Bob Dylan’s take on this same Biblical story on Highway 61 Revisited provides an interesting counterpoint to Cohen’s powerful “Story of Isaac” on Songs from a Room. Dylan presents the story as the framing verse of a far-flung series of murder and manipulation narratives that takes on an air of slapstick comedy thanks to Dylan’s bleating delivery (“God say ‘No!’ Abe say ‘What?’). Cohen, on the other hand, similarly uses the myth as a framing device but his application of the theme of filicide leads to an explicit rebuke to the way the youth of the sixties were being treated by their elders, especially those who would draft them for Vietnam: “You who build these altars now to sacrifice these children, you must not do it anymore.” In that way, the more apt parallel to Dylan might be “Masters of War.”
The opening track on Songs of Love and Hate certainly transmits the feeling of hate, but where is that hate being directed? Is it coming from “this hunchback at which you stare” or is it being directed toward him? The perspective seems to shift throughout the tune as Cohen picks himself into a dizzying spiral on his classical guitar. The song contains one of the most cryptic, yet visual, lyrics from any song of this period when he insists the he, the hunchback, is not on a pedestal but is the pedestal “for the hump at which you stare.” The song ushers us into Cohen’s darkest and most visionary record with this singular image of elevating the grotesque.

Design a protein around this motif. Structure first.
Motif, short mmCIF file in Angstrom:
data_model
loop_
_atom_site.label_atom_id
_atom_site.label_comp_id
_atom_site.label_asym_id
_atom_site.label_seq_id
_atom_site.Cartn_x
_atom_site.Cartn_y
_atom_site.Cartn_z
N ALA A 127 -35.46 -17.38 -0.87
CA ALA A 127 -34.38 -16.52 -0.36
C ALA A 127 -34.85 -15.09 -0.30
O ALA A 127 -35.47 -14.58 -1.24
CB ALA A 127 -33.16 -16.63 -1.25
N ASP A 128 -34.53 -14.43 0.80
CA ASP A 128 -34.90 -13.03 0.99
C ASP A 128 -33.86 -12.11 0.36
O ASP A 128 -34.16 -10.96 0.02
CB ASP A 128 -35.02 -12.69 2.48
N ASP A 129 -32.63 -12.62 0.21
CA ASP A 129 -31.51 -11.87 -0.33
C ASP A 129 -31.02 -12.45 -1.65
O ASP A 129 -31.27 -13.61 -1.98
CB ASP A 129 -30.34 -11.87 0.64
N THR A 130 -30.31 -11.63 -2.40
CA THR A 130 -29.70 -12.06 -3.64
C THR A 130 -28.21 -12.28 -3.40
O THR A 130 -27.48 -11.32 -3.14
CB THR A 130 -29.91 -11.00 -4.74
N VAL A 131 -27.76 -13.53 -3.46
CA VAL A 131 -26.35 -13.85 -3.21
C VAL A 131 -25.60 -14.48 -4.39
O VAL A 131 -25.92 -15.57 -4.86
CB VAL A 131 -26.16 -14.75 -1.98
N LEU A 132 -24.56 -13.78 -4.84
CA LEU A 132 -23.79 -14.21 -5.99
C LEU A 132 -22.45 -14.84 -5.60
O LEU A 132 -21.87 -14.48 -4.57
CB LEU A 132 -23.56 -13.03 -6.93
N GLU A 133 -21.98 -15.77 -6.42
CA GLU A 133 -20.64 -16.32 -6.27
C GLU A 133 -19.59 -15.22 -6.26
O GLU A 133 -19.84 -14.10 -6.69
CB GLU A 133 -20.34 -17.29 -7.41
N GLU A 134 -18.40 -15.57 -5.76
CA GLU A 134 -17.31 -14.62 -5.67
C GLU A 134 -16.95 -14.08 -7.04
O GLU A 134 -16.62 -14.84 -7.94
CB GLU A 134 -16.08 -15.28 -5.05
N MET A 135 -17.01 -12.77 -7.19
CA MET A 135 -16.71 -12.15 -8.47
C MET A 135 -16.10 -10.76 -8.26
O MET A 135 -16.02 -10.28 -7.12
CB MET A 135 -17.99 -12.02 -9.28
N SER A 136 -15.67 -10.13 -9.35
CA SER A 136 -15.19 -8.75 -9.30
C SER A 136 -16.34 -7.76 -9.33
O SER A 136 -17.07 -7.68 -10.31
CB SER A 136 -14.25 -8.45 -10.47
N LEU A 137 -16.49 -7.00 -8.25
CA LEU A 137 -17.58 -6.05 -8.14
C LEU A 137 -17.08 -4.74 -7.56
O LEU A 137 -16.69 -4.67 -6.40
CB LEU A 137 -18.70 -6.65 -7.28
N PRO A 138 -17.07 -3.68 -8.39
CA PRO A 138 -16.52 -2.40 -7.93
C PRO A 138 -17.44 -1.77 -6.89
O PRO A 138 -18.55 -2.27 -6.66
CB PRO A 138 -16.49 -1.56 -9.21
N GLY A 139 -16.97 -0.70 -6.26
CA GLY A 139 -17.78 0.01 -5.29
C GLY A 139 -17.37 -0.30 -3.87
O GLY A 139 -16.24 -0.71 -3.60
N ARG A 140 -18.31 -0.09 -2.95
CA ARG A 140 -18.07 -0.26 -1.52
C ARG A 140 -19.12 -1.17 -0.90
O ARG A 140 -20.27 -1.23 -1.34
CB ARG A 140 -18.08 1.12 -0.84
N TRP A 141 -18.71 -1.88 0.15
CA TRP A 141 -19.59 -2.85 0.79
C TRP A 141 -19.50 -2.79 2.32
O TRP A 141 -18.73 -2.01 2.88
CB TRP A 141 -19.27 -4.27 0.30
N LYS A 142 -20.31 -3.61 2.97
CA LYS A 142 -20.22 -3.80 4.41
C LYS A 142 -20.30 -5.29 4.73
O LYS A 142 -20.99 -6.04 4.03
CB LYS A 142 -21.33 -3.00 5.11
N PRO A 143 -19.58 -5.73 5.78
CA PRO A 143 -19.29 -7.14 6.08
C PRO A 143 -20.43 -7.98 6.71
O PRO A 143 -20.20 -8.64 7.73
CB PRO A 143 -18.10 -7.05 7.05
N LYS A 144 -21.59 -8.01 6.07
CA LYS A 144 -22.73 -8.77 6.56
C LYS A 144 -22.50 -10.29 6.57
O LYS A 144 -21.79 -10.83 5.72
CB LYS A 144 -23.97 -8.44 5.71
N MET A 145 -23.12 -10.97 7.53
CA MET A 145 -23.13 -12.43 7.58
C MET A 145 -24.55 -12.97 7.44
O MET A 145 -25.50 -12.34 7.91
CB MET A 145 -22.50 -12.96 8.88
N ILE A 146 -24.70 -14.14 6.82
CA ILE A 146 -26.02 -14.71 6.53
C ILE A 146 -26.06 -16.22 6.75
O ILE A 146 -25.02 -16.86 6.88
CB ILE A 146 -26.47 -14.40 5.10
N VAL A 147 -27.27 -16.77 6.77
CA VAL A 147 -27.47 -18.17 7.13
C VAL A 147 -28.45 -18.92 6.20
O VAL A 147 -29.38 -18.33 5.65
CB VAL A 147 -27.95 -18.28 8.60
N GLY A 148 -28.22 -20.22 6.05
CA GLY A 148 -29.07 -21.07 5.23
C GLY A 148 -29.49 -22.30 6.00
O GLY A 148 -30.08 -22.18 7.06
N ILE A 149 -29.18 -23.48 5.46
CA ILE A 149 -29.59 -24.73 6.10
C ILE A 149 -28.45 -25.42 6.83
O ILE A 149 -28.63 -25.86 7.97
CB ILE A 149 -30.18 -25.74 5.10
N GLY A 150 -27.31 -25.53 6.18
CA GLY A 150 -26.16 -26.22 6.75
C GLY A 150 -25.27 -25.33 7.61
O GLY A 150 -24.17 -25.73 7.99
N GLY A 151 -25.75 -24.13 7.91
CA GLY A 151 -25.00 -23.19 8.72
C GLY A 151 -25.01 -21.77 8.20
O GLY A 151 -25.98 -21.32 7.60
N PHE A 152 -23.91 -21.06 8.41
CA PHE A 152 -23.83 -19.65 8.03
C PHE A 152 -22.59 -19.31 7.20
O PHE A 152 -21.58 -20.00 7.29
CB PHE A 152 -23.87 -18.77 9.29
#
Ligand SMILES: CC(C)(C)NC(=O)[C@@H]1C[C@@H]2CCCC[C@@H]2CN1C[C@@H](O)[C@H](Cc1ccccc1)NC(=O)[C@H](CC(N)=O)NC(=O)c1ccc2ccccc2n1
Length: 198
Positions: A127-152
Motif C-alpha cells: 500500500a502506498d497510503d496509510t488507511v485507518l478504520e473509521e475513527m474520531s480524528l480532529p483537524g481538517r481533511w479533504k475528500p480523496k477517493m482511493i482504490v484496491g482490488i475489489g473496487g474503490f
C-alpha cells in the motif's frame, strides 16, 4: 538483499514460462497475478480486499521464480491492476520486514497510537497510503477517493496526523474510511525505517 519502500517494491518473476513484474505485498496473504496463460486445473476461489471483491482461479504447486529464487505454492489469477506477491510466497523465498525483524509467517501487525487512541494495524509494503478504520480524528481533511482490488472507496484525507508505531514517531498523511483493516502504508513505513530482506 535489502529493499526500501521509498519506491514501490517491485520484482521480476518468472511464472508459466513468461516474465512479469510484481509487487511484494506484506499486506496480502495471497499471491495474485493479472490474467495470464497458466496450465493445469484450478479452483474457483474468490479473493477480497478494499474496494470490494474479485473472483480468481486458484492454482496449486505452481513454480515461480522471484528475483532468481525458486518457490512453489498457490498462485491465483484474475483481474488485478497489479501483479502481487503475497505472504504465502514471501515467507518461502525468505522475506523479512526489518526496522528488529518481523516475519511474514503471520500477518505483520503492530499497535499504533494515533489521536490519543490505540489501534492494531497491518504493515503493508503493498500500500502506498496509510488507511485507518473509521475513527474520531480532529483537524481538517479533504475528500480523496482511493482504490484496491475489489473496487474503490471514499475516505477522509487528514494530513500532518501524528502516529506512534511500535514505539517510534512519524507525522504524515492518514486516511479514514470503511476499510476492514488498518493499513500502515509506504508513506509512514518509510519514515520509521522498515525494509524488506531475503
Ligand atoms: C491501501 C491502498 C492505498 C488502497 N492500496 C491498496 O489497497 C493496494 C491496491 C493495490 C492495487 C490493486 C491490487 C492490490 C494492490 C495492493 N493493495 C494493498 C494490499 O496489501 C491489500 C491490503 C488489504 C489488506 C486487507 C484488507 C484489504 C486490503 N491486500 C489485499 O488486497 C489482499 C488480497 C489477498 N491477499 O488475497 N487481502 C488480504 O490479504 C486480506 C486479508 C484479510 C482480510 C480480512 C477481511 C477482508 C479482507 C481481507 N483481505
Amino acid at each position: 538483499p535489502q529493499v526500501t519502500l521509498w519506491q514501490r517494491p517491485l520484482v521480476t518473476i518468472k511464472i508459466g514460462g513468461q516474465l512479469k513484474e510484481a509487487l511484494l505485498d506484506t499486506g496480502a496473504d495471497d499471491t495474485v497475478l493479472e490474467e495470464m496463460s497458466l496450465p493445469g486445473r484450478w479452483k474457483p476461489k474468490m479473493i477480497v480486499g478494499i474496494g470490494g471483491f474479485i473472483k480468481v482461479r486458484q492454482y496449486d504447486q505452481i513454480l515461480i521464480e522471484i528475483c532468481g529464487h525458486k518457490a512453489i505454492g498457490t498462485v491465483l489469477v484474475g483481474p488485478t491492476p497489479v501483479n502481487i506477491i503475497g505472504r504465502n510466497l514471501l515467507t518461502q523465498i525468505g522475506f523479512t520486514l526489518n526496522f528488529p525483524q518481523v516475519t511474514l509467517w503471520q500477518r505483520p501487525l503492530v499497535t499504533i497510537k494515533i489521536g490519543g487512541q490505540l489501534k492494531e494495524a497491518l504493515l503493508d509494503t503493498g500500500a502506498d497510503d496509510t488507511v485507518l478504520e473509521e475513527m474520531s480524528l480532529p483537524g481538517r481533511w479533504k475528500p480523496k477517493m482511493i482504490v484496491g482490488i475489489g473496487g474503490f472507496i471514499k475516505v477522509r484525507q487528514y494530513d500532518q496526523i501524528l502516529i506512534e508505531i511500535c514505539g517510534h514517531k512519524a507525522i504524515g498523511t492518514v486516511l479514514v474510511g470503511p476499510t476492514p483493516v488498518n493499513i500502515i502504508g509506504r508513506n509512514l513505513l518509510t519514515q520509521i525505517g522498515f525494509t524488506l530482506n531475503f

Cohen, ever the literary songwriter, borrows a technique that stretches back all the way to the invention of the English-language novel for this amazing song that, like a few of his greatest tunes, centers on a love triangle. The epistolary framing of the song is, indeed, novel when heard in song form and especially so when we discover that his aim in composing this letter to his wife’s lesbian lover is not so much to chide her or to question her but in fact to thank her “for the trouble you took from her [his wife’s] eyes, I thought it was there for good, so I never tried.” The lasting visual of the lover’s “famous blue raincoat, torn at the shoulder” is the type of crushing memory that shows Cohen’s profound understanding of the workings of the mind.
Of all the massive epics on The Future, this one rings out the loudest because amid all the apocalyptic imagery that Cohen has forced us to see on the record. The chorus of “Anthem” gives us a spiritual reasoning for why our world is breaking around us and it’s one of the most iconic lines of a career packed with them: “There is a crack, a crack in everything. That’s how the light gets in.” Go straight to your neighborhood tattoo parlor.